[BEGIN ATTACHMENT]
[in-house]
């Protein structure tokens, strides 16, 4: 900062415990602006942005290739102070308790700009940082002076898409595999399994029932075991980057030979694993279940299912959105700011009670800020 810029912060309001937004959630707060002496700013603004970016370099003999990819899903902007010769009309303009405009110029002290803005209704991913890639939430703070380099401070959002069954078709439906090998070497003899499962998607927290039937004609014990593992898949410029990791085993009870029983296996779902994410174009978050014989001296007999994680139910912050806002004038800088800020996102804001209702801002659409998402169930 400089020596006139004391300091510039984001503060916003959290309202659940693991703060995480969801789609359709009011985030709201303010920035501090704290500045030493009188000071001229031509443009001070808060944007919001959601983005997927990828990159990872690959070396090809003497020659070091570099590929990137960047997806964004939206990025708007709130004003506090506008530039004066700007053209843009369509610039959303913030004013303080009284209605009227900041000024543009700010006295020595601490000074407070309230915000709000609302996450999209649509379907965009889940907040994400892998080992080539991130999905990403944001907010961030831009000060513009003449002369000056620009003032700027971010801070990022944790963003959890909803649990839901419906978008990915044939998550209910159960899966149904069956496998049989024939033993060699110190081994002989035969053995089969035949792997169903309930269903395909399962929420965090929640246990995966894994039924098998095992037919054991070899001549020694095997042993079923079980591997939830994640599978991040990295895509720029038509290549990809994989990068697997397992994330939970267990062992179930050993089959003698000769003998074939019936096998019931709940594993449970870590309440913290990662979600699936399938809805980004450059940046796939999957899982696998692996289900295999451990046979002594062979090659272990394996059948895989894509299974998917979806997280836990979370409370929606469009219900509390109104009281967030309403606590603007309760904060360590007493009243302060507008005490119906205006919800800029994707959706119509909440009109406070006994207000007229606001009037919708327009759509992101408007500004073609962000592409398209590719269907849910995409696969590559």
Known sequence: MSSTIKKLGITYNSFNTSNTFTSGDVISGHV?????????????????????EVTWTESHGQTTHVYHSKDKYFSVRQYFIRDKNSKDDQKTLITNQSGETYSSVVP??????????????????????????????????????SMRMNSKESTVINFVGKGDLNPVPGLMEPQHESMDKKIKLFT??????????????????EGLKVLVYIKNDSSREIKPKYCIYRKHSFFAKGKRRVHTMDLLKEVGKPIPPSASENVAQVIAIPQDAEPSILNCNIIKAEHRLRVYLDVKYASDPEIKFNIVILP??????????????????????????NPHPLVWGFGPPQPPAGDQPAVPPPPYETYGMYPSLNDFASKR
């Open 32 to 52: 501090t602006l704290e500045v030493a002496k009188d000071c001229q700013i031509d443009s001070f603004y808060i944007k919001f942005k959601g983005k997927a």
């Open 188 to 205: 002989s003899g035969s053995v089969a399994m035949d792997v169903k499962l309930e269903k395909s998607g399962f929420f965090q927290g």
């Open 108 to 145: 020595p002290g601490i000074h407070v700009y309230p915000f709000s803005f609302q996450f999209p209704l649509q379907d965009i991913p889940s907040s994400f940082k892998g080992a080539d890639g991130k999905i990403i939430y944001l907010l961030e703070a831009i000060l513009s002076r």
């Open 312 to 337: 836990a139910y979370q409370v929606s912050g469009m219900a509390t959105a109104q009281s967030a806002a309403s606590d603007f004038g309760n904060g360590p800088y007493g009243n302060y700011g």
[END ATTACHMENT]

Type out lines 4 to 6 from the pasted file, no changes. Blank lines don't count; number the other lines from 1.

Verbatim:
């Open 32 to 52: 501090t602006l704290e500045v030493a002496k009188d000071c001229q700013i031509d443009s001070f603004y808060i944007k919001f942005k959601g983005k997927a």
């Open 188 to 205: 002989s003899g035969s053995v089969a399994m035949d792997v169903k499962l309930e269903k395909s998607g399962f929420f965090q927290g």
């Open 108 to 145: 020595p002290g601490i000074h407070v700009y309230p915000f709000s803005f609302q996450f999209p209704l649509q379907d965009i991913p889940s907040s994400f940082k892998g080992a080539d890639g991130k999905i990403i939430y944001l907010l961030e703070a831009i000060l513009s002076r």